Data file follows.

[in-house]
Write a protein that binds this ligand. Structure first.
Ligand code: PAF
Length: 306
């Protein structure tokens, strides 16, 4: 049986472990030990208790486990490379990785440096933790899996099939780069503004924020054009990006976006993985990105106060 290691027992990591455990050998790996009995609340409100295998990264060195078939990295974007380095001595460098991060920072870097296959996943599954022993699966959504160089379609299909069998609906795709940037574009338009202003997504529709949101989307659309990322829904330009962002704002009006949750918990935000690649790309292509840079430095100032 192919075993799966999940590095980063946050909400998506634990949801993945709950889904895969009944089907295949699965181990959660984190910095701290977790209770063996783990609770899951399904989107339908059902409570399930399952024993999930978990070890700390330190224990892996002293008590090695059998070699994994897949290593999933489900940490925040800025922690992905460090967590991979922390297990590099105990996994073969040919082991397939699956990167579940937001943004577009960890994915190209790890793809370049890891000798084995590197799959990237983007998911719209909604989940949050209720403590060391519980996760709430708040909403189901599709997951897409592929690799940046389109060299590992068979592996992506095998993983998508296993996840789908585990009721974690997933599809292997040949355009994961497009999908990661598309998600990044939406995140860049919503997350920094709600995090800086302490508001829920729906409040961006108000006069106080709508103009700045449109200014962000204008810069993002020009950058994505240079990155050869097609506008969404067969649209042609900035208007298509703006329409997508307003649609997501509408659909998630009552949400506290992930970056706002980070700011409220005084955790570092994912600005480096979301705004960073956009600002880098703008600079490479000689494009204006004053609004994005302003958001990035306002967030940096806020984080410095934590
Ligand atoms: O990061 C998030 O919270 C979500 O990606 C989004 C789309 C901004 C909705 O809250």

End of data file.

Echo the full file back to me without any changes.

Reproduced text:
[in-house]
Write a protein that binds this ligand. Structure first.
Ligand code: PAF
Length: 306
């Protein structure tokens, strides 16, 4: 049986472990030990208790486990490379990785440096933790899996099939780069503004924020054009990006976006993985990105106060 290691027992990591455990050998790996009995609340409100295998990264060195078939990295974007380095001595460098991060920072870097296959996943599954022993699966959504160089379609299909069998609906795709940037574009338009202003997504529709949101989307659309990322829904330009962002704002009006949750918990935000690649790309292509840079430095100032 192919075993799966999940590095980063946050909400998506634990949801993945709950889904895969009944089907295949699965181990959660984190910095701290977790209770063996783990609770899951399904989107339908059902409570399930399952024993999930978990070890700390330190224990892996002293008590090695059998070699994994897949290593999933489900940490925040800025922690992905460090967590991979922390297990590099105990996994073969040919082991397939699956990167579940937001943004577009960890994915190209790890793809370049890891000798084995590197799959990237983007998911719209909604989940949050209720403590060391519980996760709430708040909403189901599709997951897409592929690799940046389109060299590992068979592996992506095998993983998508296993996840789908585990009721974690997933599809292997040949355009994961497009999908990661598309998600990044939406995140860049919503997350920094709600995090800086302490508001829920729906409040961006108000006069106080709508103009700045449109200014962000204008810069993002020009950058994505240079990155050869097609506008969404067969649209042609900035208007298509703006329409997508307003649609997501509408659909998630009552949400506290992930970056706002980070700011409220005084955790570092994912600005480096979301705004960073956009600002880098703008600079490479000689494009204006004053609004994005302003958001990035306002967030940096806020984080410095934590
Ligand atoms: O990061 C998030 O919270 C979500 O990606 C989004 C789309 C901004 C909705 O809250």